Auditory learners focus best on verbal, spoken language, but may struggle with the written word and with hands-on projects.  While listening to information over and over again can help an auditory learner remember much more easily, the same student may get nothing out of reading a chapter silently out of a book.  These students are easy to identify, even as a new teacher, because they tend to be the most outgoing students in the classroom.  They may be social butterflies who enjoy talking and hearing themselves talk, and they tend to be class clowns who always seem to be at the center of attention.

 

 

Visual Learners

Visual learning focuses on the interpretation and absorption of taught information by seeing and processing it.  Visual learners are slightly less common than auditory learners, but still may comprise the majority of your classroom.

A student who learns best visually does well at quiet reading time, and can learn material from watching movies as well.  The same student may struggle with directions that are given verbally, and may not do very well when trying to construct something by hand.  Visual learners can be identified by their strong attention to detail and need to be organized, even at a young age.  These students are good at one-on-one conversation, but may not be part of a larger group, and may be much quieter than their auditory counterparts.  Noise often distracts a visual learner, and these students may need you to physically perform a task before they can repeat it.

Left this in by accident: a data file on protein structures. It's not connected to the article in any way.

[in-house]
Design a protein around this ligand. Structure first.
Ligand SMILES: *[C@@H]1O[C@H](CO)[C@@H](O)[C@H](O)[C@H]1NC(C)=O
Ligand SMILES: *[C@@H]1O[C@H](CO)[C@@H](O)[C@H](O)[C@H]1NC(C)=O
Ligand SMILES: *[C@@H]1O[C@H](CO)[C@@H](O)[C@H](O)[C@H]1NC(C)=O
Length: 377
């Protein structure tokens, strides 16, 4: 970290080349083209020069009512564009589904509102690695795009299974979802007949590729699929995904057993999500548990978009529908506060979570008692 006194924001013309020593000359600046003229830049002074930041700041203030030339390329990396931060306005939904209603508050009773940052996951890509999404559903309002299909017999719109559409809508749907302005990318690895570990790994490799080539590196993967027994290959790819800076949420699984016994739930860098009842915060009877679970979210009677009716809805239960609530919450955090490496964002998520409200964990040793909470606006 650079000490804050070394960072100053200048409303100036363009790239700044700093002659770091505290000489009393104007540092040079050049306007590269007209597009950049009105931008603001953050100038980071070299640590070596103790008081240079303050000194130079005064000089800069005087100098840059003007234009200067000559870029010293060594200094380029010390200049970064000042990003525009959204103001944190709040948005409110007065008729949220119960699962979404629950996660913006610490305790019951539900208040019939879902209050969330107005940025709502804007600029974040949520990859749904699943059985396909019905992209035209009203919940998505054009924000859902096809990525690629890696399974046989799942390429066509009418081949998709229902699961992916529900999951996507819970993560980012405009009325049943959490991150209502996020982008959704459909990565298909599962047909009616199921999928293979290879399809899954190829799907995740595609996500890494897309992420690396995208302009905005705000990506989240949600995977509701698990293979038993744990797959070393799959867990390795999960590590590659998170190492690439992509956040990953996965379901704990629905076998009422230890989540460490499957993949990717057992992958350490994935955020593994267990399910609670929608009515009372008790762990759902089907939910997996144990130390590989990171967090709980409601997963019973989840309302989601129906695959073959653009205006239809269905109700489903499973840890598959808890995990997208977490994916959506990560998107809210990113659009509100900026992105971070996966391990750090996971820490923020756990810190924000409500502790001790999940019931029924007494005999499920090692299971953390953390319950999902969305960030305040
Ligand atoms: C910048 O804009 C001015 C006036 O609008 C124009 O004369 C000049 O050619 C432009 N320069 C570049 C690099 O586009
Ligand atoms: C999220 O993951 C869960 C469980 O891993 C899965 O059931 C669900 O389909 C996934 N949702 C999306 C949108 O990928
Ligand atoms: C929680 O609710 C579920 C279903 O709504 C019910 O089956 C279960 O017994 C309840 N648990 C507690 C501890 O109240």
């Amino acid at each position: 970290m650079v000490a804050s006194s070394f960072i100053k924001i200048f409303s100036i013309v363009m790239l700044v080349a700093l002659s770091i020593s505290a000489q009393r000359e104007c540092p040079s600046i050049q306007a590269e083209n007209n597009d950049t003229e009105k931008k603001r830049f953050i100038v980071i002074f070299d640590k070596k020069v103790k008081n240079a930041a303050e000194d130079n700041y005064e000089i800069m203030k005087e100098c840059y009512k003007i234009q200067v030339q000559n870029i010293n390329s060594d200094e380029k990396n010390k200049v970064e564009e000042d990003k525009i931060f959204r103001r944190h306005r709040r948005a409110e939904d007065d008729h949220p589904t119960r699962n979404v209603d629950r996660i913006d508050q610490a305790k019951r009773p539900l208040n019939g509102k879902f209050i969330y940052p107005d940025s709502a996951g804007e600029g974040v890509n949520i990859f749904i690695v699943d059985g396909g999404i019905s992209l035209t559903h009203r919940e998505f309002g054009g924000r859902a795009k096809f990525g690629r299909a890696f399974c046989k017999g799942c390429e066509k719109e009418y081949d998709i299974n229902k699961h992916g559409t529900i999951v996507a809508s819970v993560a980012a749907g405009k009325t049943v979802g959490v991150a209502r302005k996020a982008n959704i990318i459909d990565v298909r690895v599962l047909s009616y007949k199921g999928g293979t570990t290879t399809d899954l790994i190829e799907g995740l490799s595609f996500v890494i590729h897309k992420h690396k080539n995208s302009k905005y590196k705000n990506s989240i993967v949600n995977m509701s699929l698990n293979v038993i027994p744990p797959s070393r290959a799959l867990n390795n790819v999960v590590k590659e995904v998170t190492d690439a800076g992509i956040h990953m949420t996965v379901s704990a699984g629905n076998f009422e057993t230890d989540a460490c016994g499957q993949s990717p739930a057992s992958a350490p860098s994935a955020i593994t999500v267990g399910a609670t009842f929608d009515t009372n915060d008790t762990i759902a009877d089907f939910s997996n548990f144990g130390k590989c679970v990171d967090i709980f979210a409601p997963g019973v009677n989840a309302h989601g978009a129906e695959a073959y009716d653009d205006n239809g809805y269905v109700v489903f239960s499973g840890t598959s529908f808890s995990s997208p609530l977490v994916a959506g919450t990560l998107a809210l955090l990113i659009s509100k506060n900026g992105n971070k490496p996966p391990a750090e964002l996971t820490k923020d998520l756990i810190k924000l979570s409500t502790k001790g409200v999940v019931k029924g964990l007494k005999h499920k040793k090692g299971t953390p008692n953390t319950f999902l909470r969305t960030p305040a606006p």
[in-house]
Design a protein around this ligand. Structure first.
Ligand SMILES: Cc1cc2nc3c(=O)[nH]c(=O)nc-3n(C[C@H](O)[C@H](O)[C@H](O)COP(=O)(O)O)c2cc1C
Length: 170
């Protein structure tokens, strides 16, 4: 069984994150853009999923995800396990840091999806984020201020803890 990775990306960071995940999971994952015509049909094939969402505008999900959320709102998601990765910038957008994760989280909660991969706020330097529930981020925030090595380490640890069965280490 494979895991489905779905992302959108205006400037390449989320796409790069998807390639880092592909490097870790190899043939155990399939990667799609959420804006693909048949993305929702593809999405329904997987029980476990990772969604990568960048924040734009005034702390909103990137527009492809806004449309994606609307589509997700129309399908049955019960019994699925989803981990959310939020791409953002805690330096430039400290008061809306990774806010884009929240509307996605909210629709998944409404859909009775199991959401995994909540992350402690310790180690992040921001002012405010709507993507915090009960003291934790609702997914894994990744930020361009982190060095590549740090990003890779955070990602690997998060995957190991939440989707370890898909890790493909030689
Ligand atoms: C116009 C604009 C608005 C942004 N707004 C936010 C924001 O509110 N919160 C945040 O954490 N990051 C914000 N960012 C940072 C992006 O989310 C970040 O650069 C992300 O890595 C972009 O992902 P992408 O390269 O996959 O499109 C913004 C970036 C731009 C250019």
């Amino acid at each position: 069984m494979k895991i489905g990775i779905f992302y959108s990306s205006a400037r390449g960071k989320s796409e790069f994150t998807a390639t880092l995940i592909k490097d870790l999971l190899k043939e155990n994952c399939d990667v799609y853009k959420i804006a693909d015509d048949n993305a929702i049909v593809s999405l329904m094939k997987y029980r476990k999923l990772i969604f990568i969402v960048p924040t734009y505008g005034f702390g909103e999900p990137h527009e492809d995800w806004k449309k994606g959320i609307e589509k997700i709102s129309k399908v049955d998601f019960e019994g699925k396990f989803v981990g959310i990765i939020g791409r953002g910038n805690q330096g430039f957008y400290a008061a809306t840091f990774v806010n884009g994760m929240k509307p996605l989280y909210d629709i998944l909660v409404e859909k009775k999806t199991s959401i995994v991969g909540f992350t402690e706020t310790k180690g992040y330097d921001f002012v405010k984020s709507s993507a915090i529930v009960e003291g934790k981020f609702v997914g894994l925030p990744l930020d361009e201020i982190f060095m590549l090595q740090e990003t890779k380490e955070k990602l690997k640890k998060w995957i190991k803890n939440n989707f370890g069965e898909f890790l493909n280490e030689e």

Kinesthetic Learners

Although kinesthetic learners are not quite as common as auditory and visual learners are, they are still common enough that you are sure to encounter a handful even in your first class.  They may be more challenging to teach, but if you are prepared you should not have any trouble.

Kinesthetic learners are best suited to learning by doing.  These students retain information when they are able to manipulate objects or understand information by interacting with parts of it.  They may not do well when given verbal direction or shown how to do something, but instead want to dive in and try it on their own.  You can identify a kinesthetic learner in your classroom by pinpointing the students who cannot seem to sit still while you are teaching them.  Gain their attention by providing lots of hands-on class experiences.

 

Identifying and teaching different learning types in your classroom does not have to be a difficult achievement.  Simply keep these tips and strategies in mind, and you will be well on your way to successful teaching in no time.

The Good Teacher’s Guide